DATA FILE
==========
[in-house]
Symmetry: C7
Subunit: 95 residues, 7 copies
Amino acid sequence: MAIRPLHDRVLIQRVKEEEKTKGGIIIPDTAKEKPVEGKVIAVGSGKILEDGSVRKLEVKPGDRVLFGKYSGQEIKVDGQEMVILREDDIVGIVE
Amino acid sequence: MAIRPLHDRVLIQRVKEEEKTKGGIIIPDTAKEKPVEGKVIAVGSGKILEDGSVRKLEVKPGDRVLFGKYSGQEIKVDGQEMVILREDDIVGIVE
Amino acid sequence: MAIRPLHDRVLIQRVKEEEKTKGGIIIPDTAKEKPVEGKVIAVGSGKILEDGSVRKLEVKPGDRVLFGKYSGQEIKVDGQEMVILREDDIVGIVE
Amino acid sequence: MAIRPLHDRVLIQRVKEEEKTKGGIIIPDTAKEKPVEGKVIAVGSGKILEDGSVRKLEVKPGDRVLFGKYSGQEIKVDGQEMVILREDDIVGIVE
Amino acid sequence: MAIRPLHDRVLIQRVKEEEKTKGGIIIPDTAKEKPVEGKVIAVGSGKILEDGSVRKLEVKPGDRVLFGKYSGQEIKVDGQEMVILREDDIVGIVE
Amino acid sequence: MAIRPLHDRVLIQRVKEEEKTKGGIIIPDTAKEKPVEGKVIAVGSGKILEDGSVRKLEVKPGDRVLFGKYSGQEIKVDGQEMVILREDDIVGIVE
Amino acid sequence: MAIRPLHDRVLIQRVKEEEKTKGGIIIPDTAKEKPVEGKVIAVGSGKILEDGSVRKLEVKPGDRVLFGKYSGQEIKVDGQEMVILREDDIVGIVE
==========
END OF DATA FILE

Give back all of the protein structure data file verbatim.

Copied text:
[in-house]
Symmetry: C7
Subunit: 95 residues, 7 copies
Amino acid sequence: MAIRPLHDRVLIQRVKEEEKTKGGIIIPDTAKEKPVEGKVIAVGSGKILEDGSVRKLEVKPGDRVLFGKYSGQEIKVDGQEMVILREDDIVGIVE
Amino acid sequence: MAIRPLHDRVLIQRVKEEEKTKGGIIIPDTAKEKPVEGKVIAVGSGKILEDGSVRKLEVKPGDRVLFGKYSGQEIKVDGQEMVILREDDIVGIVE
Amino acid sequence: MAIRPLHDRVLIQRVKEEEKTKGGIIIPDTAKEKPVEGKVIAVGSGKILEDGSVRKLEVKPGDRVLFGKYSGQEIKVDGQEMVILREDDIVGIVE
Amino acid sequence: MAIRPLHDRVLIQRVKEEEKTKGGIIIPDTAKEKPVEGKVIAVGSGKILEDGSVRKLEVKPGDRVLFGKYSGQEIKVDGQEMVILREDDIVGIVE
Amino acid sequence: MAIRPLHDRVLIQRVKEEEKTKGGIIIPDTAKEKPVEGKVIAVGSGKILEDGSVRKLEVKPGDRVLFGKYSGQEIKVDGQEMVILREDDIVGIVE
Amino acid sequence: MAIRPLHDRVLIQRVKEEEKTKGGIIIPDTAKEKPVEGKVIAVGSGKILEDGSVRKLEVKPGDRVLFGKYSGQEIKVDGQEMVILREDDIVGIVE
Amino acid sequence: MAIRPLHDRVLIQRVKEEEKTKGGIIIPDTAKEKPVEGKVIAVGSGKILEDGSVRKLEVKPGDRVLFGKYSGQEIKVDGQEMVILREDDIVGIVE